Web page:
4. Incorrect Time Management
On the same concept of time, time management is also a common issue for many CPA candidates. Passing the exam is an 18-month process, so it’s important to develop a consistent study schedule that fits into your everyday schedule.
Dylan Luo, a CPA candidate, and Master of Professional Accounting (MPA) graduate from University of Texas at Austin finds that planning day-by-day is more important than it has ever been — especially during current times. “There’s really no feasible way to study for these exams without a strict schedule,” Dylan explains. “I didn’t realize how much my general stability and mindset hinged on having a set schedule and routine.”
Especially for those who are balancing studying with work or school, committing nights and weekends to disciplined studying is key. For Michael Olague, a CPA candidate and Senior Accountant at Aerovironment, time management has never been more important. Some days Michael finds himself working until 8 or 10 PM. On these days, he’ll try to get his studying done earlier. “If your goal is to study and pass, you have to reallocate your time,” Michael advises. “I use a daily journal that is spread out into weeks. You can set goals through each week and you can keep track of them daily. I have other things in there besides studying for the exam, too — fun goals!”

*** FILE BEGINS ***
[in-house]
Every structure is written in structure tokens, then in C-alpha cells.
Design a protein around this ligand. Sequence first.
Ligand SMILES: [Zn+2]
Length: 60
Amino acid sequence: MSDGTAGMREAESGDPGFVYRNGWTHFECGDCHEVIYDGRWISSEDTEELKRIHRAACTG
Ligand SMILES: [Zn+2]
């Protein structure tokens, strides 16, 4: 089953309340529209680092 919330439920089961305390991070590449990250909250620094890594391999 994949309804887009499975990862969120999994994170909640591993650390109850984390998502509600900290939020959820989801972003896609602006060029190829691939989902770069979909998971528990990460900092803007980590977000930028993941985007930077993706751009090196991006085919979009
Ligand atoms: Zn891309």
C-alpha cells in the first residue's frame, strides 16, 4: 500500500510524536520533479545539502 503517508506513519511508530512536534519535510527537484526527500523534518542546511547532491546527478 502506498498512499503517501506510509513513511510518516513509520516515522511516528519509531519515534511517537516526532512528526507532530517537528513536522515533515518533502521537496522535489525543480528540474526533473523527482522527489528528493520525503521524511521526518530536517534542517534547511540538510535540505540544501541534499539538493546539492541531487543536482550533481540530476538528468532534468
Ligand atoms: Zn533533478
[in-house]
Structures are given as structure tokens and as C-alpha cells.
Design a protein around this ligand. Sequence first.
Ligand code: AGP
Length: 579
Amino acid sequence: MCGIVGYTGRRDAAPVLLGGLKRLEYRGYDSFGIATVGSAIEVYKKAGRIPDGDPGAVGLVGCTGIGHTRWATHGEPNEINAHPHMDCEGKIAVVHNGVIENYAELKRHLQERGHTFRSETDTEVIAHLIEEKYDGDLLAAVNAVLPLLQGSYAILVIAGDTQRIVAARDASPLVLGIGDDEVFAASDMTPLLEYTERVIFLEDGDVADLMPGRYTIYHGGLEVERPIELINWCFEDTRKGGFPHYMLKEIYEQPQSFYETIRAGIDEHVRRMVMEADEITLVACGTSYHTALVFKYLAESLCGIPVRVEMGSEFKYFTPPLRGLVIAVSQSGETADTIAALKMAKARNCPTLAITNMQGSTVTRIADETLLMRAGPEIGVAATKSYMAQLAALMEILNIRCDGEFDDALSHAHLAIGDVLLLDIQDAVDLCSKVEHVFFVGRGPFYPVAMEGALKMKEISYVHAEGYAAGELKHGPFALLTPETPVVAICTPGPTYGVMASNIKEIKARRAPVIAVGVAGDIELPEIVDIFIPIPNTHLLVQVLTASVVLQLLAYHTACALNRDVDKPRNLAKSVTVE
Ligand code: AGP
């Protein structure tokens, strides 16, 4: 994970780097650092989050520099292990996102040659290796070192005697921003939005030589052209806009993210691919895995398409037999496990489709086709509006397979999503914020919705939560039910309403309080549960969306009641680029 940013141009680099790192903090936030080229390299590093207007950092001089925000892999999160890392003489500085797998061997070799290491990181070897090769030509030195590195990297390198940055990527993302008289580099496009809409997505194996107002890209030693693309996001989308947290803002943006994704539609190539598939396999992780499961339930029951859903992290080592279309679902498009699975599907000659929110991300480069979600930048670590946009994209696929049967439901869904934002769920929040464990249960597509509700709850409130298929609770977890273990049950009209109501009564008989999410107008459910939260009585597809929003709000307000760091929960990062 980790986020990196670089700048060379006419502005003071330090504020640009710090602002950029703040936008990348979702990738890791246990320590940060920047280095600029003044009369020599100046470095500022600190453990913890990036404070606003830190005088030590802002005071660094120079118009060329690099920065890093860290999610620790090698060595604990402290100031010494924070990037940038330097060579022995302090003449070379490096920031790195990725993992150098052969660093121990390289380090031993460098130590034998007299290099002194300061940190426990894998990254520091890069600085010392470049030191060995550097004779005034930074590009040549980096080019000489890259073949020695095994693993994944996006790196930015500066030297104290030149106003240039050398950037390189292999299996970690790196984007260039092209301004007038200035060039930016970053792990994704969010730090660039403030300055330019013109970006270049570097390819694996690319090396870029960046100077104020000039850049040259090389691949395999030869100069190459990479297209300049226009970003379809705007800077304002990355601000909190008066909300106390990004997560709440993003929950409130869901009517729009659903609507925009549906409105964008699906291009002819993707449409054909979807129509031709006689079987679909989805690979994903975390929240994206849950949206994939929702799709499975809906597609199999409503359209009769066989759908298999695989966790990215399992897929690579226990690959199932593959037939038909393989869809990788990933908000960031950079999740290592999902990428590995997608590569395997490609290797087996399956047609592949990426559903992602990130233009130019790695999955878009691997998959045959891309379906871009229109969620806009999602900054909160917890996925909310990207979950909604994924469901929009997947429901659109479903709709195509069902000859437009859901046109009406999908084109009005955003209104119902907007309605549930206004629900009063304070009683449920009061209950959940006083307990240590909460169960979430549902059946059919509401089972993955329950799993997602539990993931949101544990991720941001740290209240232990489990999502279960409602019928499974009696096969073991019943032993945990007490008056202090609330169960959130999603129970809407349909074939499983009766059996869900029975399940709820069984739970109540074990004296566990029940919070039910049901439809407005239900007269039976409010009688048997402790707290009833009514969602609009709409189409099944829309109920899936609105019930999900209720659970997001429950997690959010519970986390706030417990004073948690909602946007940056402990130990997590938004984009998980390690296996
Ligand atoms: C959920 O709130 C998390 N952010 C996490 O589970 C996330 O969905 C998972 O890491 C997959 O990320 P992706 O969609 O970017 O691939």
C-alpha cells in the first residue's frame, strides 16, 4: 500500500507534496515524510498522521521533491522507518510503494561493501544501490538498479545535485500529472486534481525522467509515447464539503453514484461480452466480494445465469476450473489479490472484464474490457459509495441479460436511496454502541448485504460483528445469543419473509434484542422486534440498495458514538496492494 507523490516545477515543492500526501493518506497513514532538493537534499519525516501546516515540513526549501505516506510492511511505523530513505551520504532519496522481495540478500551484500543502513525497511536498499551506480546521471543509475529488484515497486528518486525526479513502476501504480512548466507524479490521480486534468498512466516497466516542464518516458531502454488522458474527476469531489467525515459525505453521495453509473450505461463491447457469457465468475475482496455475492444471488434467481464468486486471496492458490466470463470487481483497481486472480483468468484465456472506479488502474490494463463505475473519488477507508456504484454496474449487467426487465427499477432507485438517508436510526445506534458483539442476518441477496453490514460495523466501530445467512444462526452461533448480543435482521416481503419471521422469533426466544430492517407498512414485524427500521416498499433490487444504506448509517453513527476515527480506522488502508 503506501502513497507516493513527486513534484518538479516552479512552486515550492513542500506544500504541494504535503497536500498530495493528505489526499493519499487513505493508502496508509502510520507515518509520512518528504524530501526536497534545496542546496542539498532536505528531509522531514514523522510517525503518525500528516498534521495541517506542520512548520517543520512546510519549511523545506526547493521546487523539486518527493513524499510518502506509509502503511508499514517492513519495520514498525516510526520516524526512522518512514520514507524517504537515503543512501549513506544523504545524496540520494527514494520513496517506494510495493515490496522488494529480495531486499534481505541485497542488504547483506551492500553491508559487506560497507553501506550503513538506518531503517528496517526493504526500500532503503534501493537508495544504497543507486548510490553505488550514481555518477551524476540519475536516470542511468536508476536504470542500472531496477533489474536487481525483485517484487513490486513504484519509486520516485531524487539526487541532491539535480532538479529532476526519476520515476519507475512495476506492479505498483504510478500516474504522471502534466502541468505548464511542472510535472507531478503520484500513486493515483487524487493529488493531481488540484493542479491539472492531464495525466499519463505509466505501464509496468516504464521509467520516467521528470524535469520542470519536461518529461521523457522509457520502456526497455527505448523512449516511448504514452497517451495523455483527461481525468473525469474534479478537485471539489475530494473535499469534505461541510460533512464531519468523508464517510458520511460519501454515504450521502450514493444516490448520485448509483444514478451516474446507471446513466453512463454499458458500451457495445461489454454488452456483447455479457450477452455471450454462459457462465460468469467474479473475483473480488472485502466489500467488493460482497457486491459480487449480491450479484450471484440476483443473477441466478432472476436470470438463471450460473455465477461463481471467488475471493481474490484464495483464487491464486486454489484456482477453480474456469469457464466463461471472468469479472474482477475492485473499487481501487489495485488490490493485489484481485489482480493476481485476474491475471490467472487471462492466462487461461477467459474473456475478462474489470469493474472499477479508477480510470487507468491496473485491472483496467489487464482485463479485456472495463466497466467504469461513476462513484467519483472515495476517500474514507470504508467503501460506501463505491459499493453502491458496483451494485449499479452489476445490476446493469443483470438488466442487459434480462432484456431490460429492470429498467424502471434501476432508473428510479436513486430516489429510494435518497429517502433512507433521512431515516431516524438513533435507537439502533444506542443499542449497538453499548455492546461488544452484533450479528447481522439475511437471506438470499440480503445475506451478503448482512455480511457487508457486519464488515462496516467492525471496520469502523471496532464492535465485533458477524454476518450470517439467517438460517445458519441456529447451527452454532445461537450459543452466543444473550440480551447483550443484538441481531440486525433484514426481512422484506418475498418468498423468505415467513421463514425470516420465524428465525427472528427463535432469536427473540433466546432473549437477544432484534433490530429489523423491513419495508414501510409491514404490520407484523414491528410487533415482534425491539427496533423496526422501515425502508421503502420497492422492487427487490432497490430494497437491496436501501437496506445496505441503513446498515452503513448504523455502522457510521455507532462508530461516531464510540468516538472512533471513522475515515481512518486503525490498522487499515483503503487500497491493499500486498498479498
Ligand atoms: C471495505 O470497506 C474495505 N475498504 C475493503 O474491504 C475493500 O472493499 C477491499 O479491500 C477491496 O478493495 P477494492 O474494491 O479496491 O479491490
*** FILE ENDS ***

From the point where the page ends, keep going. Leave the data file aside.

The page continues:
5. Internal Barriers (Pressure, Motivation, Intimidation)
Lastly, some CPA candidates find that their internal emotions can get in the way of their own success. For an accountant, obtaining a CPA license can be seen as an essential element to achieve one’s career goals, so it’s common for candidates to feel intimidated by the exam. However, intimidation can inhibit your ability to focus and think clearly, keeping you from reaching your full potential. While it’s definitely easier said than done, don’t let fear or intimidation negatively affect your hours of hard work and preparation. To combat this, try giving yourself a set number of minutes for each multiple-choice question or task-based simulation. If you reach your time limit, take your best-educated guess and move on.
Especially during these hard times, it’s easy to become overwhelmed and unmotivated. You’re tired, drained of any energy, and maybe you’re balancing a lot on your plate. When your time and energy are spent doing things other than studying for the exam, it’s completely common to feel “stuck.” Just sit back and take a breath. Remember that there are others out there who are in the same position as you. Some candidates find it helpful to reach out to others who have been in the same position as you for an extra boost of motivation. And, as we mentioned above, it can also be helpful to schedule a bit of time in your day to study for the exam.